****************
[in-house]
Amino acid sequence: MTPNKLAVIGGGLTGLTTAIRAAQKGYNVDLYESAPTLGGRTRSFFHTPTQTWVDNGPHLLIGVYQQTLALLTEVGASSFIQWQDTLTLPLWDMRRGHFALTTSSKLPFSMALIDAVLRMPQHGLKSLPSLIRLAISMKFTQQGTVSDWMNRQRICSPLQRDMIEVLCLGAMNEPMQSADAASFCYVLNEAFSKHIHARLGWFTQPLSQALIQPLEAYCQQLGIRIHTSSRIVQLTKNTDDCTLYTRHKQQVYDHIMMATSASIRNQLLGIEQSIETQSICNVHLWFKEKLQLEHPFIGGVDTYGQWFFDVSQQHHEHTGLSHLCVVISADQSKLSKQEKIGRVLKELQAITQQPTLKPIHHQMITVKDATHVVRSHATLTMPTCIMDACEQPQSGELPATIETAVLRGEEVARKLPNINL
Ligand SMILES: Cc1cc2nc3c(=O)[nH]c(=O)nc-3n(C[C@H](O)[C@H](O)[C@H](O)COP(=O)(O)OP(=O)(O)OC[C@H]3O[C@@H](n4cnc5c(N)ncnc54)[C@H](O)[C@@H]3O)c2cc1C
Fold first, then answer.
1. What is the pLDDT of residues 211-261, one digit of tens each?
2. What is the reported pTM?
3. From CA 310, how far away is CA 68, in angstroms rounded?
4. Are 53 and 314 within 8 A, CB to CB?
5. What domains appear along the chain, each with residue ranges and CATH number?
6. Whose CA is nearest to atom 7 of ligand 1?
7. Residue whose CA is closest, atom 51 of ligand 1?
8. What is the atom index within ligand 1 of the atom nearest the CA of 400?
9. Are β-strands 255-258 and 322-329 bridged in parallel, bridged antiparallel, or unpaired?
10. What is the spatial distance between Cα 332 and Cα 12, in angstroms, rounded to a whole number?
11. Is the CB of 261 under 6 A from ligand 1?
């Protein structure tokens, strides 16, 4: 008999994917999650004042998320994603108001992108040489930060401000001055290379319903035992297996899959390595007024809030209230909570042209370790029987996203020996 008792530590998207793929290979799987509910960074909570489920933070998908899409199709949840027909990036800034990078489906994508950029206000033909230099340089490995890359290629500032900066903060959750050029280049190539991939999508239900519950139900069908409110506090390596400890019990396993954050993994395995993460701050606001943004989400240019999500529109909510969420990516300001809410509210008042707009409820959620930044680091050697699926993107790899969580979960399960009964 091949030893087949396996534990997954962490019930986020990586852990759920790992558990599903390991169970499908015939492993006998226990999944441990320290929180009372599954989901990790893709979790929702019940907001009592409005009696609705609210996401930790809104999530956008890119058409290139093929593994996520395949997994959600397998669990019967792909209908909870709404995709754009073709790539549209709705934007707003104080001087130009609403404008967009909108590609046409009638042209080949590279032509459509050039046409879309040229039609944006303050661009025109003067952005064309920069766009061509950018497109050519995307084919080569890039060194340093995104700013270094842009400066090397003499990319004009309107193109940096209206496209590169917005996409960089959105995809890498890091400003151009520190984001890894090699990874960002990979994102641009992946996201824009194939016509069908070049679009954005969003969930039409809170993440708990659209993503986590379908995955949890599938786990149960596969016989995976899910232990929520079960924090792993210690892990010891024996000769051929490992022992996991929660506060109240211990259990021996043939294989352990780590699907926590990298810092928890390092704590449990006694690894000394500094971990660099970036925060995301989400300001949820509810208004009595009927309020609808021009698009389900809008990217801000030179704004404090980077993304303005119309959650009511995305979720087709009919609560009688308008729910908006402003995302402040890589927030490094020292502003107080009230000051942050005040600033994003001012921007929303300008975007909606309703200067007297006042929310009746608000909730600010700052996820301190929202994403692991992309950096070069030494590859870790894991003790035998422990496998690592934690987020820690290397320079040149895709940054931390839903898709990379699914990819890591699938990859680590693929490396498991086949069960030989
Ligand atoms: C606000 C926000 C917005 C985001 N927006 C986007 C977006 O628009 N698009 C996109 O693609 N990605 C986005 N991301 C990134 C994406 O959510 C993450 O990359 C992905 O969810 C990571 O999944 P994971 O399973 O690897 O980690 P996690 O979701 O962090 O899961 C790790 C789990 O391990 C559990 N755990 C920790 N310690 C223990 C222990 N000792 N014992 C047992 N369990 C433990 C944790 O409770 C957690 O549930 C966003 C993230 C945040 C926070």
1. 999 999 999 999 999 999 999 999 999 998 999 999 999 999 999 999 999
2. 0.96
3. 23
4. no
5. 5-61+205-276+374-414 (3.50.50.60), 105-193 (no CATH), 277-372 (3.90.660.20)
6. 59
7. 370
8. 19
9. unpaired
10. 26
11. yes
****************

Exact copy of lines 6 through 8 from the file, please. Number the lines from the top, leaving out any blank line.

2. What is the reported pTM?
3. From CA 310, how far away is CA 68, in angstroms rounded?
4. Are 53 and 314 within 8 A, CB to CB?